NC - North Topsail is getting millions for beach nourishment. How long will the sand last?
Last month North Carolina doled out nearly $20 million in grants to help coastal communities better fortify and rebuild beach infrastructure battered by recent hurricanes, tropical storms, and nor'easters.
"Coastal communities are facing more severe impacts from storms and flooding that require a greater investment in a resilient coastline," Gov. Roy Cooper said in announcing the awards. "Working with local governments to invest in smart storm damage repairs will help combat the effects of climate change and ensure that North Carolina's coast remains a beautiful place to live, work, and visit."
But in a world where climate change is bringing higher seas and more frequent and ferocious storms to our shores, is investing taxpayer dollars in the sand that's all but guaranteed to have a limited lifespan on the beach a smart investment?
That depends. But with other solutions neither easy, politically palatable, or economically realistic − at least not yet, it's often the only option officials feel they have.
But Dr. Robert Young, director of the Program for the Study of Developed Shorelines at Western Carolina University, said it's often just kicking the proverbial can down the road and not thinking about long-term solutions to problems that are only going to get more pronounced and expensive to mitigate in coming years.
"If you can find a way to pay for it, it means a beach community can maintain the status quo, at least for a few more years," he said. "But how viable is that?"
'Very exciting news'
A community along the N.C. coast that probably best sums up this Gordian knot facing officials is North Topsail Beach. The Onslow County community received $10.5 million of the $20.1 million awarded from the state's Coastal Storm Damage Mitigation Fund.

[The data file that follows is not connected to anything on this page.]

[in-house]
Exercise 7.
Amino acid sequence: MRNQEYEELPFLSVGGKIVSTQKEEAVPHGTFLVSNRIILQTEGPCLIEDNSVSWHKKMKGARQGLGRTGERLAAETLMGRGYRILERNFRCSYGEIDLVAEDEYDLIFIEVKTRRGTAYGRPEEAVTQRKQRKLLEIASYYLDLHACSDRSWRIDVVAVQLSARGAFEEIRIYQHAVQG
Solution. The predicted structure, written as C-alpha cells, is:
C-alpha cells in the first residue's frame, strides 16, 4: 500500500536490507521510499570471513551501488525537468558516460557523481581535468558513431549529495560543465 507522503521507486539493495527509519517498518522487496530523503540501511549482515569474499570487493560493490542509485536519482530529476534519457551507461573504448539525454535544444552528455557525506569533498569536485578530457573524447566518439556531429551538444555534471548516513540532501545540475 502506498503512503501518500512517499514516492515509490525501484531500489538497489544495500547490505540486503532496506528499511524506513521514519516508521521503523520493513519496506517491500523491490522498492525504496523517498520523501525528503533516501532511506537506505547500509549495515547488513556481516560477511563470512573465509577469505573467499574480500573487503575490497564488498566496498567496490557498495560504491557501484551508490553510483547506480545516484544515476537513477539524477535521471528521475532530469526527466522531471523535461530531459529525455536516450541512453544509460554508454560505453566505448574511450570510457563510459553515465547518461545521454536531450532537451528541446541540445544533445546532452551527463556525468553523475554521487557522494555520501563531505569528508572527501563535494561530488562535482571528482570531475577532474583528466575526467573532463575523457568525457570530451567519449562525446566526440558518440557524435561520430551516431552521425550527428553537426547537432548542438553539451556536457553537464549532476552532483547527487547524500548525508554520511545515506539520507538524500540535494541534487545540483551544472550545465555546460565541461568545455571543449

"This is very exciting news for North Topsail Beach because it's going to allow us to extend the (beach nourishment) project for another 2.5 miles, something that we wouldn't have been able to do," said Town Manager Alice Derian
North Topsail occupies the northern half of Topsail Island, and is the recreational heartbeat of the county that's best known as the home of Camp Lejeune.
But North Topsail Beach isn't your typical Carolina beach town. More than half of the town’s 11 miles of beach and a large chunk of its homes are within areas covered by the federal Coastal Barrier Resources Act, or CBRA. The legislation was passed by the federal government in the early 1980s as a way to limit development in areas deemed biologically sensitive or at high risk of damage by hurricanes by making them ineligible to receive federal funding for infrastructure or beach projects. In many other beach towns, the federal government provides the lion's share of a nourishment project's cost, including in New Hanover County's three beach towns and Ocean Isle Beach in Brunswick County.
"Because of the high expense of dune and beach projects, this prevents the town from properly maintaining the beach," states North Topsail's webpage in describing how the CBRA designation impacts the town.
Property owners within a CBRA zone also cannot participate in the National Flood Insurance Program or apply for a VA loan.